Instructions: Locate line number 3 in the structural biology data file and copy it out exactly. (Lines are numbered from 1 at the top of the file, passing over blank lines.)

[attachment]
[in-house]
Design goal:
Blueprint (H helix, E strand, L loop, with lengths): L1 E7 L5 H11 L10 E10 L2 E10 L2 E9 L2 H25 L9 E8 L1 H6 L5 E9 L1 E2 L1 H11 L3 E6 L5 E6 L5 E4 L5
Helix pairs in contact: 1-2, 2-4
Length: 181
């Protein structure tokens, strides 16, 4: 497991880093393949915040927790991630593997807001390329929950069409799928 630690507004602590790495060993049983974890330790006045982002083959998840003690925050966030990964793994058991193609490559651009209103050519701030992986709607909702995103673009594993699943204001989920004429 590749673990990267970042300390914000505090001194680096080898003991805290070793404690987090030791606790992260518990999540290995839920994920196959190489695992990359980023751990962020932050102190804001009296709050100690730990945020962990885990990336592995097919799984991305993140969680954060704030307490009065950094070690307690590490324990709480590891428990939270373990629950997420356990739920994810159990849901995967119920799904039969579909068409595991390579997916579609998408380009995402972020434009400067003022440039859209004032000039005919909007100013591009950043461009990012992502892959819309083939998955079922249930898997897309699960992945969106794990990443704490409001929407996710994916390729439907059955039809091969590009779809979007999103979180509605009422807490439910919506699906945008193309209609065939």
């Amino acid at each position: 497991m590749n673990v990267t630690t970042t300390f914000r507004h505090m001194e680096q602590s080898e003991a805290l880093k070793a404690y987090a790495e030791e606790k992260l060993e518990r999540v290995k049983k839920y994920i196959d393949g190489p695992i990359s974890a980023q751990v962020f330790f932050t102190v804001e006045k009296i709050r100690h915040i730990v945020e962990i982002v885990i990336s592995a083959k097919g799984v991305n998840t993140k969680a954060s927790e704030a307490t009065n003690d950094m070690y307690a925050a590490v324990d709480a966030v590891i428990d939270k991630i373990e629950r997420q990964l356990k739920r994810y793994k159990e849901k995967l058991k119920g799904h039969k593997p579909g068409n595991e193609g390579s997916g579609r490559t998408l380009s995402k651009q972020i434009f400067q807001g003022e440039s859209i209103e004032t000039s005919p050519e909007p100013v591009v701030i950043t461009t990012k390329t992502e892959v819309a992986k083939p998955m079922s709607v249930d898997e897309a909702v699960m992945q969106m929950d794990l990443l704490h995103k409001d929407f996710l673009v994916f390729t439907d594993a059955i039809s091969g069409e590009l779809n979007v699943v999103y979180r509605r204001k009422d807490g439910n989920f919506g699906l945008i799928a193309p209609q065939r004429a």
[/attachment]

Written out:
Blueprint (H helix, E strand, L loop, with lengths): L1 E7 L5 H11 L10 E10 L2 E10 L2 E9 L2 H25 L9 E8 L1 H6 L5 E9 L1 E2 L1 H11 L3 E6 L5 E6 L5 E4 L5